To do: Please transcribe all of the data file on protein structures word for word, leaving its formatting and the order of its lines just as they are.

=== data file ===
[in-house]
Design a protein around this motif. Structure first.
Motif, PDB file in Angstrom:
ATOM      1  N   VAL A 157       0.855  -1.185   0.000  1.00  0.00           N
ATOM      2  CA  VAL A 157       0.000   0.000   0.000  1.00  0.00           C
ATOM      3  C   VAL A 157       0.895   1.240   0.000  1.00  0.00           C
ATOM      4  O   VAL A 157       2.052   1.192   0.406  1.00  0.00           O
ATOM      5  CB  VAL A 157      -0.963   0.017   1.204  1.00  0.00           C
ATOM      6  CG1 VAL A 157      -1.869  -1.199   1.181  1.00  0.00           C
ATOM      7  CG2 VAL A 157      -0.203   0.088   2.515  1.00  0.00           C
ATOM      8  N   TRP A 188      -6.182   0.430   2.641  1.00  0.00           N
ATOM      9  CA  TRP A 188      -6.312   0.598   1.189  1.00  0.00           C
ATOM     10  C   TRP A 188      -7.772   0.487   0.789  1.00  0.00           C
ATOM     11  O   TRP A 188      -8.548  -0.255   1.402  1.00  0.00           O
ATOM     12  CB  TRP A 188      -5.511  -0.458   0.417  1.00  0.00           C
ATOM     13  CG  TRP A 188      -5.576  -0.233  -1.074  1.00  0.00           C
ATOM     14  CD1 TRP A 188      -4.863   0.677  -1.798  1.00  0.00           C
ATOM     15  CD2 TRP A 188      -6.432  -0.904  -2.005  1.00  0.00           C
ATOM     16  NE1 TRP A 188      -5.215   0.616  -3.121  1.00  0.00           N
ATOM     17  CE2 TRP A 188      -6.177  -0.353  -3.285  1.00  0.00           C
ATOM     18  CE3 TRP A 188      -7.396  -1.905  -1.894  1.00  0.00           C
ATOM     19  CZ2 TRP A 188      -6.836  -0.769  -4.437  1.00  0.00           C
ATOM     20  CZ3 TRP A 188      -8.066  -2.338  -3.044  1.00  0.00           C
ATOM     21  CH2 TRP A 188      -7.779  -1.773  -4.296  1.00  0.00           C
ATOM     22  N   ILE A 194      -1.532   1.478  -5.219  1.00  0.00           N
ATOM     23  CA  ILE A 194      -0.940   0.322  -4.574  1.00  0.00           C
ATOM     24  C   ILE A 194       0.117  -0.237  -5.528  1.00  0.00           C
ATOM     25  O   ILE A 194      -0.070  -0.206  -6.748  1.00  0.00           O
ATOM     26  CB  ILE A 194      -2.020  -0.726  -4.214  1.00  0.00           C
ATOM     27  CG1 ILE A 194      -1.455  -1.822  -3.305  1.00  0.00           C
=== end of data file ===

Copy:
[in-house]
Design a protein around this motif. Structure first.
Motif, PDB file in Angstrom:
ATOM      1  N   VAL A 157       0.855  -1.185   0.000  1.00  0.00           N
ATOM      2  CA  VAL A 157       0.000   0.000   0.000  1.00  0.00           C
ATOM      3  C   VAL A 157       0.895   1.240   0.000  1.00  0.00           C
ATOM      4  O   VAL A 157       2.052   1.192   0.406  1.00  0.00           O
ATOM      5  CB  VAL A 157      -0.963   0.017   1.204  1.00  0.00           C
ATOM      6  CG1 VAL A 157      -1.869  -1.199   1.181  1.00  0.00           C
ATOM      7  CG2 VAL A 157      -0.203   0.088   2.515  1.00  0.00           C
ATOM      8  N   TRP A 188      -6.182   0.430   2.641  1.00  0.00           N
ATOM      9  CA  TRP A 188      -6.312   0.598   1.189  1.00  0.00           C
ATOM     10  C   TRP A 188      -7.772   0.487   0.789  1.00  0.00           C
ATOM     11  O   TRP A 188      -8.548  -0.255   1.402  1.00  0.00           O
ATOM     12  CB  TRP A 188      -5.511  -0.458   0.417  1.00  0.00           C
ATOM     13  CG  TRP A 188      -5.576  -0.233  -1.074  1.00  0.00           C
ATOM     14  CD1 TRP A 188      -4.863   0.677  -1.798  1.00  0.00           C
ATOM     15  CD2 TRP A 188      -6.432  -0.904  -2.005  1.00  0.00           C
ATOM     16  NE1 TRP A 188      -5.215   0.616  -3.121  1.00  0.00           N
ATOM     17  CE2 TRP A 188      -6.177  -0.353  -3.285  1.00  0.00           C
ATOM     18  CE3 TRP A 188      -7.396  -1.905  -1.894  1.00  0.00           C
ATOM     19  CZ2 TRP A 188      -6.836  -0.769  -4.437  1.00  0.00           C
ATOM     20  CZ3 TRP A 188      -8.066  -2.338  -3.044  1.00  0.00           C
ATOM     21  CH2 TRP A 188      -7.779  -1.773  -4.296  1.00  0.00           C
ATOM     22  N   ILE A 194      -1.532   1.478  -5.219  1.00  0.00           N
ATOM     23  CA  ILE A 194      -0.940   0.322  -4.574  1.00  0.00           C
ATOM     24  C   ILE A 194       0.117  -0.237  -5.528  1.00  0.00           C
ATOM     25  O   ILE A 194      -0.070  -0.206  -6.748  1.00  0.00           O
ATOM     26  CB  ILE A 194      -2.020  -0.726  -4.214  1.00  0.00           C
ATOM     27  CG1 ILE A 194      -1.455  -1.822  -3.305  1.00  0.00           C